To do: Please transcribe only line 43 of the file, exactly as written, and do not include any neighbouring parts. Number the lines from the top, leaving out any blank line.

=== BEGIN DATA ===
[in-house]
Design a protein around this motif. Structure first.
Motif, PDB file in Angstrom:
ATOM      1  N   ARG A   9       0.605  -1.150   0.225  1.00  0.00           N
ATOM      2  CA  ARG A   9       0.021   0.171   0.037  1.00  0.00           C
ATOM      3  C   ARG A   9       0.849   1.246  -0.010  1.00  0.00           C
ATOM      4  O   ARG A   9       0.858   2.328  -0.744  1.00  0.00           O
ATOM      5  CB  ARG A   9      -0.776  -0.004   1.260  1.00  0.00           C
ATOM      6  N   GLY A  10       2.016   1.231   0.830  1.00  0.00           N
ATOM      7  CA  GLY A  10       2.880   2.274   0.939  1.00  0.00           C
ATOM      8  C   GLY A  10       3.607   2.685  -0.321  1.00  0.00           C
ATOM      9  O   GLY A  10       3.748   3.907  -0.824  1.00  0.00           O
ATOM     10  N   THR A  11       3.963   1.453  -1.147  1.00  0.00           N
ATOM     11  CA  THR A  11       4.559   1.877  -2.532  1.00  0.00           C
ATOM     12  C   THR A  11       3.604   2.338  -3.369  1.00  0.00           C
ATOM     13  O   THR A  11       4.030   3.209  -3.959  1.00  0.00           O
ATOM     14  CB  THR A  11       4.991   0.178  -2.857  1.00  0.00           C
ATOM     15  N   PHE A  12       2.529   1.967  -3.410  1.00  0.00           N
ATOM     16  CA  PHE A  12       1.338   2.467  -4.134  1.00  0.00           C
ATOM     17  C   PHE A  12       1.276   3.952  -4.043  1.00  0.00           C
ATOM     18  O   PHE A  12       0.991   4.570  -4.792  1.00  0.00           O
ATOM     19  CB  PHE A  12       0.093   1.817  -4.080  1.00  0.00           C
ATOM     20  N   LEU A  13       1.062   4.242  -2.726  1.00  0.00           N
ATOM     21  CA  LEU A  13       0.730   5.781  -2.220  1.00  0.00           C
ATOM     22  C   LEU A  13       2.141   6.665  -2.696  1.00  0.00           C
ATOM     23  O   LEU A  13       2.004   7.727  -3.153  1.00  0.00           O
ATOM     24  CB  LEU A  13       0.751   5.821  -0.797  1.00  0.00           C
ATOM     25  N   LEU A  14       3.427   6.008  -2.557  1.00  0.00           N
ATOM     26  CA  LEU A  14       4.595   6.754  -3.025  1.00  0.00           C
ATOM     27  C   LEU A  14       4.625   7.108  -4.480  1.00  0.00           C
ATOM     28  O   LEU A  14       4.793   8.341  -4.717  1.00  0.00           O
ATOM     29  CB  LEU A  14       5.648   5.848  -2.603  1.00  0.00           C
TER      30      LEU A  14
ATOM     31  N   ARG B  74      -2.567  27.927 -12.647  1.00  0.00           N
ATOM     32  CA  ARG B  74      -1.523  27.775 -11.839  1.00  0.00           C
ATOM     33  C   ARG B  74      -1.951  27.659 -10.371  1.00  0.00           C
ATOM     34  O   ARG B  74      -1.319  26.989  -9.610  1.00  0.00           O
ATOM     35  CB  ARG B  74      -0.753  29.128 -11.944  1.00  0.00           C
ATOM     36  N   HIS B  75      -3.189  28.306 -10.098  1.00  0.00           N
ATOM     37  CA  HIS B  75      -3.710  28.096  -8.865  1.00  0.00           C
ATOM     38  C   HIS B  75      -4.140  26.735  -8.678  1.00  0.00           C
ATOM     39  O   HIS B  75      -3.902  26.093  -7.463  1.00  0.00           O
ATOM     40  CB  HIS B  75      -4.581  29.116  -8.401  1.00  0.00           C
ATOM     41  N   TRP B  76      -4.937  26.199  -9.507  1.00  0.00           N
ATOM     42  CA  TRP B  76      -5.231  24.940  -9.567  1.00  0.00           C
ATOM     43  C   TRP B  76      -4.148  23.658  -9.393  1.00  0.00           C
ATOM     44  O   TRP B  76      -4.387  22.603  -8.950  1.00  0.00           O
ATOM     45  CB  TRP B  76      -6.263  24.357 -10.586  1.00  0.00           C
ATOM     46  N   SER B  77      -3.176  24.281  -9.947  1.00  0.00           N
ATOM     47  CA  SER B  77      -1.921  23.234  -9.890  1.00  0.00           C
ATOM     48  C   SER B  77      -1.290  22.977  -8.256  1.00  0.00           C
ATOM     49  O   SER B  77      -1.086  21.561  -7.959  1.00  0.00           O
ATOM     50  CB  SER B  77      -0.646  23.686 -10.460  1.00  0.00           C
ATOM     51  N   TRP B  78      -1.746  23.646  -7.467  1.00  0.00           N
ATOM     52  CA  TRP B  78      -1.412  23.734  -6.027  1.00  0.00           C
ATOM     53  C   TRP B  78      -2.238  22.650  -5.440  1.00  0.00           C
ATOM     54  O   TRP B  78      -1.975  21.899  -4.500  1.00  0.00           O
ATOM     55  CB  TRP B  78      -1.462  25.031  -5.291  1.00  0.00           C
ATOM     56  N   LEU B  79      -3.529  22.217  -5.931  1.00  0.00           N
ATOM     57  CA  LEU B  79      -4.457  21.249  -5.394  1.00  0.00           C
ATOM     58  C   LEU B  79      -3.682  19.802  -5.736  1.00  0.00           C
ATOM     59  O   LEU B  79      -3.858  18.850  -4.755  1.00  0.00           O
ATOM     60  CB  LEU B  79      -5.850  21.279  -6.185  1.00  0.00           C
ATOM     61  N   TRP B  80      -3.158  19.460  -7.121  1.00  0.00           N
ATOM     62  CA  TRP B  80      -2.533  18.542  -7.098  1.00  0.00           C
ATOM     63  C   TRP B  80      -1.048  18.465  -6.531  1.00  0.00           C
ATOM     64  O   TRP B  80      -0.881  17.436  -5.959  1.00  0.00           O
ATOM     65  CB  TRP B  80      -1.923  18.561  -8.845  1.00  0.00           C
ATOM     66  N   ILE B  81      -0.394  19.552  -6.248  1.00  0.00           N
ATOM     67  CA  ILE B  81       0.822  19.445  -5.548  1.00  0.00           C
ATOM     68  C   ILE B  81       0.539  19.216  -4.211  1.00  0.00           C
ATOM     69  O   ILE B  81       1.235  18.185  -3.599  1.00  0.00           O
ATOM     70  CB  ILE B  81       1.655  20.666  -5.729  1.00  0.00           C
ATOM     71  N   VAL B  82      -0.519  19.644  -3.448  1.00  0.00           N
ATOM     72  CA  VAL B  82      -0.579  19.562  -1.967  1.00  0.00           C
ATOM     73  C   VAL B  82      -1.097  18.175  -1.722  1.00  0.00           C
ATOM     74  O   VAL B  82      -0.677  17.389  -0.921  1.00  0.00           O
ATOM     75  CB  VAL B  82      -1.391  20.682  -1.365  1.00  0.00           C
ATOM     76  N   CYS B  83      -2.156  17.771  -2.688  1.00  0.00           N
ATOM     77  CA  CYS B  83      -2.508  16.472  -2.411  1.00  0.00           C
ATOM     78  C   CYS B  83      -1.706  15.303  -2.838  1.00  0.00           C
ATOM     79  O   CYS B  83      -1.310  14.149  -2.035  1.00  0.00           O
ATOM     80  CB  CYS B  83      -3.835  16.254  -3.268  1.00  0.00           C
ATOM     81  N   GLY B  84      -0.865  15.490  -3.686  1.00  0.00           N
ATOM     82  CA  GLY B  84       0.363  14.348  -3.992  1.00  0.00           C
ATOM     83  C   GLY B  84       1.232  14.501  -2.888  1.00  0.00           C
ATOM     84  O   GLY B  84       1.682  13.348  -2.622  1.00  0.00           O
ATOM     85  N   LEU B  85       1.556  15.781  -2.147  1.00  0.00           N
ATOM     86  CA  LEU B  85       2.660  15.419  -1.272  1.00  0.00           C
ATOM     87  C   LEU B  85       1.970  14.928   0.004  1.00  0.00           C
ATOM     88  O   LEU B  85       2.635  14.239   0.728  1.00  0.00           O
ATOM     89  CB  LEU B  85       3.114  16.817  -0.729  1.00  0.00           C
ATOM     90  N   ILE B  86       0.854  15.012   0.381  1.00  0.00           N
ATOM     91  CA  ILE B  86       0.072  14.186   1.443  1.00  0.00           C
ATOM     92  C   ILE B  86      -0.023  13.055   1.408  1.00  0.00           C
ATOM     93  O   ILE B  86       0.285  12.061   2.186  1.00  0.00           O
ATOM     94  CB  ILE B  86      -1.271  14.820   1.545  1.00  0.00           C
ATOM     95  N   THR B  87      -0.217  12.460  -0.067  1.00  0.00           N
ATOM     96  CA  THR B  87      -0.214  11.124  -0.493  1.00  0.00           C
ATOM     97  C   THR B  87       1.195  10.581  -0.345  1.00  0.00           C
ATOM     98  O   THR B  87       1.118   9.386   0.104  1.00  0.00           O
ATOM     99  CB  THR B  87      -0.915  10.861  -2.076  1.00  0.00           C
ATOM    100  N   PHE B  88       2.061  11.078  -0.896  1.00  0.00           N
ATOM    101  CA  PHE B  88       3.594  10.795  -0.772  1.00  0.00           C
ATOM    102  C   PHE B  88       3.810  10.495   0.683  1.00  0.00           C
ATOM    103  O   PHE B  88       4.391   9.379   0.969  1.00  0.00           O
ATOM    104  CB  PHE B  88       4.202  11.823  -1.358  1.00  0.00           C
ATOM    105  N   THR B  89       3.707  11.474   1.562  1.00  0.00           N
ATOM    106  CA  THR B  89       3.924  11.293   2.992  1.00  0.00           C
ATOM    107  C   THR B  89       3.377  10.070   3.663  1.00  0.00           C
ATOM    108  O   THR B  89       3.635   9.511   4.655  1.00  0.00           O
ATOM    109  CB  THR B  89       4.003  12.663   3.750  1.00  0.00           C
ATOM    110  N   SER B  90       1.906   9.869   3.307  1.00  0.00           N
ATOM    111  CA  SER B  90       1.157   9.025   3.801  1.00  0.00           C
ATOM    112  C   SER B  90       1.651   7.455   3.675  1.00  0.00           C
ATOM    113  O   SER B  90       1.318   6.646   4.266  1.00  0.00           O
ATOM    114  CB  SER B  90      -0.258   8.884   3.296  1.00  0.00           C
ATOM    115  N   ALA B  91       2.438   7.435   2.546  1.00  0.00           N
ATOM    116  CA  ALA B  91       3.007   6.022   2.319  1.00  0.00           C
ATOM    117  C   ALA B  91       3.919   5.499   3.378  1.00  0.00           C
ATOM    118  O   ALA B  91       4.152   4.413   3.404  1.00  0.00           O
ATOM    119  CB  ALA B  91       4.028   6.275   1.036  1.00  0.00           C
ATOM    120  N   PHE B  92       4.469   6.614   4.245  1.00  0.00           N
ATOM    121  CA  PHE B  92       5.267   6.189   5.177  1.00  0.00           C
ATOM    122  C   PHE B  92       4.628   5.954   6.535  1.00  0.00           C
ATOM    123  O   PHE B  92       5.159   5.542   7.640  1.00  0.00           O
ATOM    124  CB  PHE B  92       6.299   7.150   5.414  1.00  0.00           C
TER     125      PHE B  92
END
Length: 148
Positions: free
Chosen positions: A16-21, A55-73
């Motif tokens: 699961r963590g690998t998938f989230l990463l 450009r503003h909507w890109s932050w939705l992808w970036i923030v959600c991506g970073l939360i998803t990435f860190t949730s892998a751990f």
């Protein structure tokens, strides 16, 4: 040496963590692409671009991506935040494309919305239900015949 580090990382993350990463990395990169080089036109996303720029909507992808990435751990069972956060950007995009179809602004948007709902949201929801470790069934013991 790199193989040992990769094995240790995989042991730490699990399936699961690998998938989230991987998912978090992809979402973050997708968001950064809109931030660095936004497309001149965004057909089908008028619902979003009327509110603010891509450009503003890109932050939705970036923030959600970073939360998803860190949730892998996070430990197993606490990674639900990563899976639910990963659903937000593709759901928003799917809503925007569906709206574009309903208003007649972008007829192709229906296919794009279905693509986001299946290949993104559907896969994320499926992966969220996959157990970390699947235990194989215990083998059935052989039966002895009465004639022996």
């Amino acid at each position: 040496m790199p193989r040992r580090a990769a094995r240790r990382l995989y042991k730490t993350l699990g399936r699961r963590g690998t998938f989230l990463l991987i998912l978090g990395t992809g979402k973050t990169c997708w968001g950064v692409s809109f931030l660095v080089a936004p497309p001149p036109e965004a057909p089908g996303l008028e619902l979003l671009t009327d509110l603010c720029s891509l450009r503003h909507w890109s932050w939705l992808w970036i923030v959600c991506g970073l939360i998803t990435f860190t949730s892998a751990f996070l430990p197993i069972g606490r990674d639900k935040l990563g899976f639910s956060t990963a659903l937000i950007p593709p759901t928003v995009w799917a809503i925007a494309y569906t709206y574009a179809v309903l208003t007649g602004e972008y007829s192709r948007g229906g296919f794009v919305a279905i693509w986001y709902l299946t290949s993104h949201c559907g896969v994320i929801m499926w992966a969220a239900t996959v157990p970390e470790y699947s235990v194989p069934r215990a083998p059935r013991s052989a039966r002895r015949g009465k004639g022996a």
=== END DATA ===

ATOM     40  CB  HIS B  75      -4.581  29.116  -8.401  1.00  0.00           C